- Rental — If your car was damaged in an accident caused by another driver, your rental vehicle might be covered by their insurance. If your car is damaged due to an accident you caused, having rental reimbursement coverage helps you cover the cost of the rental car. We highly recommend getting this coverage — it comes in handy when there’s an accident, regardless of fault.
When obtaining insurance, you are not just insuring your car — you are insuring yourself, your family members, and all the people who drive in your car. Therefore, it is important to obtain uninsured motorist coverage, medpay coverage, and rental coverage to adequately protect yourself when on the road.
If you make any changes to your policy, make sure that it is reflected on your declarations page.
Understanding Bodily Injury Liability Coverage Limits
Auto insurance bodily injury coverage will appear in a three-number format on your declaration page, such as "25/50/30." A bodily injury coverage limit is the maximum amount that your insurance will pay on a claim. A 25/50/30 policy has maximum coverage limits of $25,000, $50,000 and $30,000. The first two numbers are the bodily injury coverage limits (per-person and per-accident), while the third is for property damage.
Bodily injury coverage usually has two coverage limits:
- Per-person limit — If your per-person limit is $25,000 then the maximum amount your insurance would pay for a person's medical expenses is $25,000.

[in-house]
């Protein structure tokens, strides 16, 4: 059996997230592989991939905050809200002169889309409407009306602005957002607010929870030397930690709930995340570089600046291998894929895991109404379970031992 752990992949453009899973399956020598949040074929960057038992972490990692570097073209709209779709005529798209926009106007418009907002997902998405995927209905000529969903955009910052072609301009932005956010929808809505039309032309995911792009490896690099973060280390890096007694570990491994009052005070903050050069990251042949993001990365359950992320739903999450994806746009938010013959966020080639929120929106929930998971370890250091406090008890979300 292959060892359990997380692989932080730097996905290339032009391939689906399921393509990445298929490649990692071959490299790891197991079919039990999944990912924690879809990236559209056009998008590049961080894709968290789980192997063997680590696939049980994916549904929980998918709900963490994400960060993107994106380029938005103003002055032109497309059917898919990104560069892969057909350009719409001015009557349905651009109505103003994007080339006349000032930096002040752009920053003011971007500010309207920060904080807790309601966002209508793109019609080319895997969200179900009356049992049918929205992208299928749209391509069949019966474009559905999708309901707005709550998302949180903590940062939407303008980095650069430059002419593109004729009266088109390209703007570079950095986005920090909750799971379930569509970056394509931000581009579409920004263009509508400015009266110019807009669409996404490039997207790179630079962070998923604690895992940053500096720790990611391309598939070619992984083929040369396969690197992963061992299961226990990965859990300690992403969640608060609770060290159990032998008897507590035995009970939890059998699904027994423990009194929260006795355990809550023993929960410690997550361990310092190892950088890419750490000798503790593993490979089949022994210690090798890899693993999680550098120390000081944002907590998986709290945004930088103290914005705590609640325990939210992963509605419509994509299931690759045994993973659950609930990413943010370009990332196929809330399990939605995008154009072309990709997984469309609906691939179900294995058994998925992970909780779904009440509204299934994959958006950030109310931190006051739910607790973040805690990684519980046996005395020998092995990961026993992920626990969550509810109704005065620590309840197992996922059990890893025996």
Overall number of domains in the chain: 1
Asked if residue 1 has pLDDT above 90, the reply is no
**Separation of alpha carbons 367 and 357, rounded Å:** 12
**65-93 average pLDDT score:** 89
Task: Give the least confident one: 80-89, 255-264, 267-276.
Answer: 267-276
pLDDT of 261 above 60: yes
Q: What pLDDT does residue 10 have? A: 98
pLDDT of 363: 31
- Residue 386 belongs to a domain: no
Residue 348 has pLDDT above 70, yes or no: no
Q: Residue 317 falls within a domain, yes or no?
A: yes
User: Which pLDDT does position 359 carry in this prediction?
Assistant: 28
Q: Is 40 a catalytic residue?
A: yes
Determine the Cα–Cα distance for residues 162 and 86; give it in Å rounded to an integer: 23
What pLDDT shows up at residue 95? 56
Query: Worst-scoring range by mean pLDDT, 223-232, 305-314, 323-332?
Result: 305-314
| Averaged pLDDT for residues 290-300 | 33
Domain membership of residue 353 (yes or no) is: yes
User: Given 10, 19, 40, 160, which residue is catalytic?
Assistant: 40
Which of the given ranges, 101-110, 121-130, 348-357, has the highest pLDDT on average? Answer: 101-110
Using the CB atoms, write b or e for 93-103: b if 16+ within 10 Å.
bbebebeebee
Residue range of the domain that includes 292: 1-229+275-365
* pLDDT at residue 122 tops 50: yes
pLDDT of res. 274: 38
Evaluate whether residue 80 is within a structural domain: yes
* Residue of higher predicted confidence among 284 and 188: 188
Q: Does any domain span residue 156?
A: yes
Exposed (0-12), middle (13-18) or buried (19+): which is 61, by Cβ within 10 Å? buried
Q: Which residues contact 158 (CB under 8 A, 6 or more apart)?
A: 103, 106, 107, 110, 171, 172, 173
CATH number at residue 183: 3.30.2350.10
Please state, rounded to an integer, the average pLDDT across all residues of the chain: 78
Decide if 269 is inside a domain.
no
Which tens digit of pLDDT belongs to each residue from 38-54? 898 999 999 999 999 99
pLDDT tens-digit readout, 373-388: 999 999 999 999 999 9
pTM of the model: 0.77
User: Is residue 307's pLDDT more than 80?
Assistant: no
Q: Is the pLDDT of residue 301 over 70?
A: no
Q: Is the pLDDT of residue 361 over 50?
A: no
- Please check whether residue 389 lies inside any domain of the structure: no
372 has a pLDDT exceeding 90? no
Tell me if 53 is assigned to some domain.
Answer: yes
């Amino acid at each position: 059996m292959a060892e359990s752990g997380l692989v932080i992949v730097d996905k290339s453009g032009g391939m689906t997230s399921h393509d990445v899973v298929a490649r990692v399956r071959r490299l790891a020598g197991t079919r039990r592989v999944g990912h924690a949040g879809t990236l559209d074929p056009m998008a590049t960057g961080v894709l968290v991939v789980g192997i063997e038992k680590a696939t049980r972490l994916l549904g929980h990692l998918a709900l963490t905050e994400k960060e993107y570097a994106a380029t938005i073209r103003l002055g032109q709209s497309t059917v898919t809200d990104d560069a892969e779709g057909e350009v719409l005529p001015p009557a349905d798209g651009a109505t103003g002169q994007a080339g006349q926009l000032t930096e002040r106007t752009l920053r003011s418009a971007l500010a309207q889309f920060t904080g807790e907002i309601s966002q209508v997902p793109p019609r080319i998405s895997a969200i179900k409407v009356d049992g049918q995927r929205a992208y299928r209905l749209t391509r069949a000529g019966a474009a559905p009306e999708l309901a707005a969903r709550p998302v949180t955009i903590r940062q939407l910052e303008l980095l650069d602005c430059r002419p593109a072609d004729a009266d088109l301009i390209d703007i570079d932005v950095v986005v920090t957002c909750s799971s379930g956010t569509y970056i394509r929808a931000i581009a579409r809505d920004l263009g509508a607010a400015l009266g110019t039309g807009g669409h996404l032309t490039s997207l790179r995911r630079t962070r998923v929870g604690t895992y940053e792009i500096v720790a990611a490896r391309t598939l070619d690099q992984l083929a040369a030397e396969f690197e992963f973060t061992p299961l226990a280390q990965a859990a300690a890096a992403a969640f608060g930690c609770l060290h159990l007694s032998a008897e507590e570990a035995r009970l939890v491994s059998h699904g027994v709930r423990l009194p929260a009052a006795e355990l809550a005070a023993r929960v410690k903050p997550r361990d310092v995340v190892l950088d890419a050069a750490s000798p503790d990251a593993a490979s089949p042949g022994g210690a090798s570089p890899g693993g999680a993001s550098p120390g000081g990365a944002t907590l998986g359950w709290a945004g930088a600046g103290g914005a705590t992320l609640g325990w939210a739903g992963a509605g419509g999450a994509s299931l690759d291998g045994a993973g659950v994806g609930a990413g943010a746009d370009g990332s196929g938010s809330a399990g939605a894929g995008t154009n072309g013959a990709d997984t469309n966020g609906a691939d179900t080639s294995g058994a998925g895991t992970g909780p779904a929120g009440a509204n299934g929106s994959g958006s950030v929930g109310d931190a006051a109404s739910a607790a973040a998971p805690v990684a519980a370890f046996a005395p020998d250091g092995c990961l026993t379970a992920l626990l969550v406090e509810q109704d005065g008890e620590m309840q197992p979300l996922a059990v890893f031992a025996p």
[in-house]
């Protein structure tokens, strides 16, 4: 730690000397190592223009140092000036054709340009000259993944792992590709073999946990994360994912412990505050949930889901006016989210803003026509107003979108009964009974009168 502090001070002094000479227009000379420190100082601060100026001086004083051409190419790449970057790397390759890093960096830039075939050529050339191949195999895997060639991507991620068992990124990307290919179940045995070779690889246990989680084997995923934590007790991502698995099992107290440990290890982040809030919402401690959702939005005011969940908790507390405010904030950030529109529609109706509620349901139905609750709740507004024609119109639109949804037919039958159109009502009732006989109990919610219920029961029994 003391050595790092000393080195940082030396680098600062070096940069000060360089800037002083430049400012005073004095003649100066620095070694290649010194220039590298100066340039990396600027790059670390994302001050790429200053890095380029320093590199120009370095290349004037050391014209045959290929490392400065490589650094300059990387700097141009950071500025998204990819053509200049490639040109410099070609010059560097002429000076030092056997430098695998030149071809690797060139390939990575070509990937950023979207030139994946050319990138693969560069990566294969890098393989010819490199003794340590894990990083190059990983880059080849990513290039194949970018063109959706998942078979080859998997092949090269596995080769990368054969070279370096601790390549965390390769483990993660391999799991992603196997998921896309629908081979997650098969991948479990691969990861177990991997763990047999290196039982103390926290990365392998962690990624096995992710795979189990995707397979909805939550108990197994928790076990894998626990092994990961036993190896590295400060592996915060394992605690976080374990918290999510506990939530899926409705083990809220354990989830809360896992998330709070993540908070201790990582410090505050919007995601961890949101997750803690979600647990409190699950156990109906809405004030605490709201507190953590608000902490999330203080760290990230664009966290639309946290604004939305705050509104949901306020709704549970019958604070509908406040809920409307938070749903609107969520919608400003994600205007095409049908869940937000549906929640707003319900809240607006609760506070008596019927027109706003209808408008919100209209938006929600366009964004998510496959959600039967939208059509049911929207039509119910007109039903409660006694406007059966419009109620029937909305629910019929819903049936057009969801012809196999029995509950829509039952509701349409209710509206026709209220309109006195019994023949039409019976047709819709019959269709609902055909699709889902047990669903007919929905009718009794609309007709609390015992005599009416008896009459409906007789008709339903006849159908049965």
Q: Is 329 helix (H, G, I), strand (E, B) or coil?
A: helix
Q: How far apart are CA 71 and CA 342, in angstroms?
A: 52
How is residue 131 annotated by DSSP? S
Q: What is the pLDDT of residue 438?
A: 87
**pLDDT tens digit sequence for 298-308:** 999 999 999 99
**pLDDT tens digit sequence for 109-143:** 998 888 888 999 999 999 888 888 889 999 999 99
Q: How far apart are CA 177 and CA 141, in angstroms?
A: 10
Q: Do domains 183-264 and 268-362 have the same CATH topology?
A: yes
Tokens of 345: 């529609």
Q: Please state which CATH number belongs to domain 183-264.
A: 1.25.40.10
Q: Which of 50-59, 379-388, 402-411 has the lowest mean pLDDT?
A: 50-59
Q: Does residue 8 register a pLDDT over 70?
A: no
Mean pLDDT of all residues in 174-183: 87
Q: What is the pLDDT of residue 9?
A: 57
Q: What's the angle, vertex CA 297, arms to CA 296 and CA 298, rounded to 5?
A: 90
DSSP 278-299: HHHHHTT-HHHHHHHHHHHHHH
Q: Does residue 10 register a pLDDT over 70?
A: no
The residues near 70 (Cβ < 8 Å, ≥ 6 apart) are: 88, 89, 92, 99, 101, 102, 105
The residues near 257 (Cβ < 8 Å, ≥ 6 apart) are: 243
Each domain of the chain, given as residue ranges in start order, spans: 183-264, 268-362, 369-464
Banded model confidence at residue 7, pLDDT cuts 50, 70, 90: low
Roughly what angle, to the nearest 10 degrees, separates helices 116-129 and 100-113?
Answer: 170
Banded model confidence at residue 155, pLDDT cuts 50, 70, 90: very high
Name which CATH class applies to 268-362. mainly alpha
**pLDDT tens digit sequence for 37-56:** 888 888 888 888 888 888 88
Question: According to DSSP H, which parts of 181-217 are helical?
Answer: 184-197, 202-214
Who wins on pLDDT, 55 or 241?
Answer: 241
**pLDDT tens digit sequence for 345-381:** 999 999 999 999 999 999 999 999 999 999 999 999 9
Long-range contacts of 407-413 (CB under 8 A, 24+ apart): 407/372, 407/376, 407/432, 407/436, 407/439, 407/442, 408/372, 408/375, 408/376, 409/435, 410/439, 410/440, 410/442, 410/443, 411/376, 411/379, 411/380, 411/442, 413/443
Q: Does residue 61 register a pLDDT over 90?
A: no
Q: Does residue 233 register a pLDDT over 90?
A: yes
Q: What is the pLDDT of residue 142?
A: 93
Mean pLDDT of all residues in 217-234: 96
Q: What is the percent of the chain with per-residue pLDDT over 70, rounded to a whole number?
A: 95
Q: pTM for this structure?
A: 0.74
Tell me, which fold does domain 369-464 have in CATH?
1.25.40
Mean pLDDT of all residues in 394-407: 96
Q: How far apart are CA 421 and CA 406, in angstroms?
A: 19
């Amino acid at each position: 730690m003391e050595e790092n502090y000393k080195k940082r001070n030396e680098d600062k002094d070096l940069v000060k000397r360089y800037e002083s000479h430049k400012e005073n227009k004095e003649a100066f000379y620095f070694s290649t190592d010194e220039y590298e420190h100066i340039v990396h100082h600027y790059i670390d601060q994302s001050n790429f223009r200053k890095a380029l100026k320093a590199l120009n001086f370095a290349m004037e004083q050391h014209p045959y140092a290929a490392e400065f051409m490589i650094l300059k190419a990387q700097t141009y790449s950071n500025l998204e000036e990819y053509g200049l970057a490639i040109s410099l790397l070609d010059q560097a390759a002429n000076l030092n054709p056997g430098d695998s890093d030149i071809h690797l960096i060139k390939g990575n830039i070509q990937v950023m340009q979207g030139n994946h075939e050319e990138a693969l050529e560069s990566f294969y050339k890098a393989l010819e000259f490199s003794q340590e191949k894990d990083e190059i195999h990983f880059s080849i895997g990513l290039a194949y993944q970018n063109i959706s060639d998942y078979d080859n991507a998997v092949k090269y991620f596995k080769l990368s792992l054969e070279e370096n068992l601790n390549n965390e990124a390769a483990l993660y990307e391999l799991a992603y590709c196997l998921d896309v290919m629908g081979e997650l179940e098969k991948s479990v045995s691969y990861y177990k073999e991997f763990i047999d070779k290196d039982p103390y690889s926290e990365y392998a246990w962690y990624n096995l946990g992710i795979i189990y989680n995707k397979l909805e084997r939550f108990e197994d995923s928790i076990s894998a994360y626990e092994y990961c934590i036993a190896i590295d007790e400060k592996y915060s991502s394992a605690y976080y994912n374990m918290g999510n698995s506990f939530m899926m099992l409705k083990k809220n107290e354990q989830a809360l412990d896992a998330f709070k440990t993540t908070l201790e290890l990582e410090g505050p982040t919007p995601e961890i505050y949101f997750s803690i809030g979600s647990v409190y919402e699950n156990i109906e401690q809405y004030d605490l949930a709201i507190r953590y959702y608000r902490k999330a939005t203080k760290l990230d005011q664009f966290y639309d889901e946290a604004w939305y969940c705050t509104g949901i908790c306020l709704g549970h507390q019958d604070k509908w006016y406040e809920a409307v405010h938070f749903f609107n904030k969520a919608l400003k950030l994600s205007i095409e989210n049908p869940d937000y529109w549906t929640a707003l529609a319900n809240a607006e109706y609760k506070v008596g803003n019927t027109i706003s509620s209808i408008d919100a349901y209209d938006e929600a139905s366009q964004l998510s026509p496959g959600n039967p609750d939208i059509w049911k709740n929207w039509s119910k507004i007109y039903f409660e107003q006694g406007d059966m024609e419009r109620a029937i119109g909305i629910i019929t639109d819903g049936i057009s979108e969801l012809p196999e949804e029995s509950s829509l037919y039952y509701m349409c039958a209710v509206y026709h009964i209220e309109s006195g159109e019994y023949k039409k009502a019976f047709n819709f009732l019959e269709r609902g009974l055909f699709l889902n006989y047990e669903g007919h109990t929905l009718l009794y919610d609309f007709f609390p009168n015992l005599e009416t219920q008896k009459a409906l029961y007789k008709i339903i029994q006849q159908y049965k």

- Per-accident limit — Per-accident is applied when multiple people are injured in an accident. If your per-accident limit is $50,000, and there are two people injured then the most your insurance will pay for their combined expenses is 50,000.
Contact an Experienced Car Accident Attorney
Dealing with auto insurance companies after a car accident can be extremely stressful. You’re most likely under enormous emotional strain due to the accident, and may be recovering from painful and costly physical injuries. When you find out that what you thought was covered under your policy is not, you’re stuck with an additional financial burden.
At the Law Offices of Jennie Levin, P.C., we understand exactly what kind of strategies insurance companies use, and we can handle negotiations on your behalf while you focus on your recovery.
Contact us if you or a loved one were injured in a car accident in Los Angeles and you believe your insurance company has acted in bad faith and didn’t fulfill their contract terms. You can give us a call at (323) 951-1188 or complete our message form to schedule a free consultation.